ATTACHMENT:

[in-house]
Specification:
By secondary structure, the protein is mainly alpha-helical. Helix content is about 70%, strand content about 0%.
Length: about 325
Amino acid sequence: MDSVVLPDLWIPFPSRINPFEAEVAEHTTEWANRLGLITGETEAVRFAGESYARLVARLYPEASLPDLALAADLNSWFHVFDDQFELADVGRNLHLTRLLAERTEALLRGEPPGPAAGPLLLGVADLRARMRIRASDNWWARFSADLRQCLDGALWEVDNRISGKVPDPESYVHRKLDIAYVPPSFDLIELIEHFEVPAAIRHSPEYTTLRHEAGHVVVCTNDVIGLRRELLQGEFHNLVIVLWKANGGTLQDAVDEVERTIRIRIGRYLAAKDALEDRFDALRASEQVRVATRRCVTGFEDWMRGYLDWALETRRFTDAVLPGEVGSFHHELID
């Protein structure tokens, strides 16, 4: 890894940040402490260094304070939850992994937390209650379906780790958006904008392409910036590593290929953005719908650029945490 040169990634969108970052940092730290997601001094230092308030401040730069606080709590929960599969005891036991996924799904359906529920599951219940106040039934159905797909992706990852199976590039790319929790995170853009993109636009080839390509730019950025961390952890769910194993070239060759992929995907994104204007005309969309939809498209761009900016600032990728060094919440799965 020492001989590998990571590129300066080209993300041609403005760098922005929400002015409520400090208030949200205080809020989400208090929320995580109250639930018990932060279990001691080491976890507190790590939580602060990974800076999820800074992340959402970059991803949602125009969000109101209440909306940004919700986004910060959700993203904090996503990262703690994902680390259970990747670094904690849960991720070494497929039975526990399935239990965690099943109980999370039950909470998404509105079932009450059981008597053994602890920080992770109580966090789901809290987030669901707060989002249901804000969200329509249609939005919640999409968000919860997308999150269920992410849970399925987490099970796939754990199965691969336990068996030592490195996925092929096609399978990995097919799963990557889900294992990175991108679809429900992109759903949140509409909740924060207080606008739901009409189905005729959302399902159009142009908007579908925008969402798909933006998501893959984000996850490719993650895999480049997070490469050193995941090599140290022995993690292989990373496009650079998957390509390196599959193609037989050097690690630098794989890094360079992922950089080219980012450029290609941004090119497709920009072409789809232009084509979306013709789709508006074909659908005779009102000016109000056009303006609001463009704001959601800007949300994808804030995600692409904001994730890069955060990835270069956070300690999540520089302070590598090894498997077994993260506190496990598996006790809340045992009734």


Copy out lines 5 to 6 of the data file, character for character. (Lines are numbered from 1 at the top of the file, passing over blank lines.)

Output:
Amino acid sequence: MDSVVLPDLWIPFPSRINPFEAEVAEHTTEWANRLGLITGETEAVRFAGESYARLVARLYPEASLPDLALAADLNSWFHVFDDQFELADVGRNLHLTRLLAERTEALLRGEPPGPAAGPLLLGVADLRARMRIRASDNWWARFSADLRQCLDGALWEVDNRISGKVPDPESYVHRKLDIAYVPPSFDLIELIEHFEVPAAIRHSPEYTTLRHEAGHVVVCTNDVIGLRRELLQGEFHNLVIVLWKANGGTLQDAVDEVERTIRIRIGRYLAAKDALEDRFDALRASEQVRVATRRCVTGFEDWMRGYLDWALETRRFTDAVLPGEVGSFHHELID
């Protein structure tokens, strides 16, 4: 890894940040402490260094304070939850992994937390209650379906780790958006904008392409910036590593290929953005719908650029945490 040169990634969108970052940092730290997601001094230092308030401040730069606080709590929960599969005891036991996924799904359906529920599951219940106040039934159905797909992706990852199976590039790319929790995170853009993109636009080839390509730019950025961390952890769910194993070239060759992929995907994104204007005309969309939809498209761009900016600032990728060094919440799965 020492001989590998990571590129300066080209993300041609403005760098922005929400002015409520400090208030949200205080809020989400208090929320995580109250639930018990932060279990001691080491976890507190790590939580602060990974800076999820800074992340959402970059991803949602125009969000109101209440909306940004919700986004910060959700993203904090996503990262703690994902680390259970990747670094904690849960991720070494497929039975526990399935239990965690099943109980999370039950909470998404509105079932009450059981008597053994602890920080992770109580966090789901809290987030669901707060989002249901804000969200329509249609939005919640999409968000919860997308999150269920992410849970399925987490099970796939754990199965691969336990068996030592490195996925092929096609399978990995097919799963990557889900294992990175991108679809429900992109759903949140509409909740924060207080606008739901009409189905005729959302399902159009142009908007579908925008969402798909933006998501893959984000996850490719993650895999480049997070490469050193995941090599140290022995993690292989990373496009650079998957390509390196599959193609037989050097690690630098794989890094360079992922950089080219980012450029290609941004090119497709920009072409789809232009084509979306013709789709508006074909659908005779009102000016109000056009303006609001463009704001959601800007949300994808804030995600692409904001994730890069955060990835270069956070300690999540520089302070590598090894498997077994993260506190496990598996006790809340045992009734």